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Sinn Féin demands end of Barnett Formula

7 January, 2004

Sinn Féin Anti-Poverty Spokesperson, North Belfast MLA Kathy Stanton has welcomed comments from the architect of the Barnett Formula, that is used to work out the block grant allocated to the Six Counties, that the formula is out of date, is not based upon need and called has for a replacement of the formula to ensure that we get a fairer block grant that reflects the levels of need that exist here.

Ms Stanton said:

"Poverty is a key issue in the Six Counties. Nearly 40% of our young people live in poverty and young families, particularly lone parent families and our elderly all face significant level of risk in terms of living in poverty. Clearly we have failed to define a strategy for tackling and eradicating poverty.

"I welcome the comments from the architect of the Barnett formula, that is used to allocate our block grant and therefore determine our overall level of expenditure, that the formula does not reflect need and should be replaced. Sinn Féin have consistently argued that the Barnett formula is unfair and that it fails to recognise the levels of need that exists here. It was Sinn Féin that insisted that a challenge to the Barnett formula was included in the Programme for Government.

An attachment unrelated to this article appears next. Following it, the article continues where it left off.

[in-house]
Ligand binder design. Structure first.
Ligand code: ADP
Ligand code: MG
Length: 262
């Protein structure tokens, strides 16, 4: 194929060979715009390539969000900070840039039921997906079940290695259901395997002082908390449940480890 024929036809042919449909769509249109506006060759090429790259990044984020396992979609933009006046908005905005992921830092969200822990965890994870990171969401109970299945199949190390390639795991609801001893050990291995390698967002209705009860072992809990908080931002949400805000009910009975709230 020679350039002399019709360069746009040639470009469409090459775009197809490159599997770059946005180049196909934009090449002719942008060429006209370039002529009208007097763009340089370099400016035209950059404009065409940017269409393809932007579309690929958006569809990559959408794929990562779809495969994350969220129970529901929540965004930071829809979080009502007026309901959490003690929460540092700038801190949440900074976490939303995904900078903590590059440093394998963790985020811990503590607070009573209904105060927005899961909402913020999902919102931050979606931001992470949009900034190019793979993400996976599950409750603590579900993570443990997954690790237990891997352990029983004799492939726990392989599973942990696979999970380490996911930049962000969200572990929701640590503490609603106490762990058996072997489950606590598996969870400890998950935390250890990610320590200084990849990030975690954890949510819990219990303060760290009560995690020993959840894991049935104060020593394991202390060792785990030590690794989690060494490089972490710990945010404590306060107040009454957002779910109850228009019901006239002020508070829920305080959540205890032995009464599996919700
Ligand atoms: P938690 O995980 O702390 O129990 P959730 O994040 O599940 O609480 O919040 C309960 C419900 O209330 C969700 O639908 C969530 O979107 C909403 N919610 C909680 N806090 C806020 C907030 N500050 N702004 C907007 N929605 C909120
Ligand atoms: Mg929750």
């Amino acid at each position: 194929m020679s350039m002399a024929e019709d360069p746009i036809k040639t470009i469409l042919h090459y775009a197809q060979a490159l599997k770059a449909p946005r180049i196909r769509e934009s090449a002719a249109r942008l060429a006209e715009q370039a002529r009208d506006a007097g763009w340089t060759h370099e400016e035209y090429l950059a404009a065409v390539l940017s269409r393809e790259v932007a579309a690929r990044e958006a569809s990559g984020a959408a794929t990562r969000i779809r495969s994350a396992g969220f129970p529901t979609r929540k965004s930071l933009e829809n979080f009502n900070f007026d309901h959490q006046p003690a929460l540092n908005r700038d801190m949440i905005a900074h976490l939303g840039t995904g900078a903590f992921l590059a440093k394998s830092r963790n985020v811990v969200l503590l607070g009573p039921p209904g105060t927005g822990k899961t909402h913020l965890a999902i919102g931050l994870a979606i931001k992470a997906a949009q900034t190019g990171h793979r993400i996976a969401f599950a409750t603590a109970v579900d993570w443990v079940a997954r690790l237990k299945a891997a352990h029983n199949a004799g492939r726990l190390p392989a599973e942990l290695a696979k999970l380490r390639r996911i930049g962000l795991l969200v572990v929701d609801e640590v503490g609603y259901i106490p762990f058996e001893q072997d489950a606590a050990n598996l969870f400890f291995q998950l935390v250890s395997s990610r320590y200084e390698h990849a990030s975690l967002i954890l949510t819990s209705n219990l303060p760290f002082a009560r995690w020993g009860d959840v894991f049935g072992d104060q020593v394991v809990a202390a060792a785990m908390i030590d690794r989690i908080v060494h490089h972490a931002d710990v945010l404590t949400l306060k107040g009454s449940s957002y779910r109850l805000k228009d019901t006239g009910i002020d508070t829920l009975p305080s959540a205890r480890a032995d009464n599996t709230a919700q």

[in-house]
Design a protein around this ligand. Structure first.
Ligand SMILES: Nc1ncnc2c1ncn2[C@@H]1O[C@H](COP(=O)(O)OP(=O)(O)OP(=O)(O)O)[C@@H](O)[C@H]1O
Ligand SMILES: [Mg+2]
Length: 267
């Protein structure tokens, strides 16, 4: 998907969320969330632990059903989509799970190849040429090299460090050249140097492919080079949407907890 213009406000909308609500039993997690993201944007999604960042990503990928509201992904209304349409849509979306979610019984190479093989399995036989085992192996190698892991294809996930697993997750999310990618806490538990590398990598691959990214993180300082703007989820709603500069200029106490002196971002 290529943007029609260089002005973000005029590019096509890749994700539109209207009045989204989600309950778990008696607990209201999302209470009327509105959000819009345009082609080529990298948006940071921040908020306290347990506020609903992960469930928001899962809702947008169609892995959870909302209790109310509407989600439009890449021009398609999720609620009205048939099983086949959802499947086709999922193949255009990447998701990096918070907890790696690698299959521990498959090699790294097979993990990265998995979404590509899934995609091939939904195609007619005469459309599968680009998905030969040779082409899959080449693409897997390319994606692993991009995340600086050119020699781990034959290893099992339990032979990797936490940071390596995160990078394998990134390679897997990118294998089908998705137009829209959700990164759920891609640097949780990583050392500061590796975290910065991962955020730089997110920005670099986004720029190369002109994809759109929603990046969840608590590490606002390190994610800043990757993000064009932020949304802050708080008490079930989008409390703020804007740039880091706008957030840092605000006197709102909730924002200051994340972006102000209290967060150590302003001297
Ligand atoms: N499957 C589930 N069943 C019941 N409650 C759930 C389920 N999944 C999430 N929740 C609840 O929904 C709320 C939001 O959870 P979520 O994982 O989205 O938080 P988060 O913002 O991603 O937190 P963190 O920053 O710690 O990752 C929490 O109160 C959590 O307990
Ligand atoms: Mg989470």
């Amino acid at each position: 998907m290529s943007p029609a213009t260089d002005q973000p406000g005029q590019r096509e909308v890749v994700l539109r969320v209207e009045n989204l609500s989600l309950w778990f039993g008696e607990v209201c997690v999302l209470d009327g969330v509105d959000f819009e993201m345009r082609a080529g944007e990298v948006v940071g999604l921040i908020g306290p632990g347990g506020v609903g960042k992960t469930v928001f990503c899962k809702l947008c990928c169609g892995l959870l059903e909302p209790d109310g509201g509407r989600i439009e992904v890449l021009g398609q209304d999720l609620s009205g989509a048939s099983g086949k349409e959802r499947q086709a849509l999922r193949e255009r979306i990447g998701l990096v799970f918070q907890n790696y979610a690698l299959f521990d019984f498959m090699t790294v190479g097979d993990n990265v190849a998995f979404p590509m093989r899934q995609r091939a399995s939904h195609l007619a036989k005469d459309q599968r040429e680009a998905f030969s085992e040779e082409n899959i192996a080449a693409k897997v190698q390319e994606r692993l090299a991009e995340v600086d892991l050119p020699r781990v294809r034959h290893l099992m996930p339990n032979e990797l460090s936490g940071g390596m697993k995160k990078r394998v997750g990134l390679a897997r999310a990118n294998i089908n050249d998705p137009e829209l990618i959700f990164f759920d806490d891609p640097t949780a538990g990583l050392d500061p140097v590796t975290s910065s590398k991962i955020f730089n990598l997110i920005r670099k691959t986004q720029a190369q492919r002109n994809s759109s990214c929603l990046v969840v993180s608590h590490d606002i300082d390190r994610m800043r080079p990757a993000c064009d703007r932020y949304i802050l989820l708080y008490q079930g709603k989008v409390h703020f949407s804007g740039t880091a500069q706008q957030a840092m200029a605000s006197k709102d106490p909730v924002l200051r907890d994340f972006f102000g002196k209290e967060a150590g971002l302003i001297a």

"Within a number of departments we have already carried substantial work to define need through the Needs and Effectiveness Evaluations. It is time for the Barnett formula to go. Direct rule Ministers must continue with the commitments in the Programme for Government that Sinn Fein secured.

"In essence the Barnett formula means that in successive budgets we have received a smaller increase in expenditure than we need. If you factor in the levels of poverty here and the geographical and social profile of the Six Counties we are getting a very bad deal from the British Exchequer. If we are going to tackle poverty then the resources we have available must reflect the real situation on the ground. This is not a sterile debate about numbers it is about the human face of poverty and the impact it has on people's lives." ENDS

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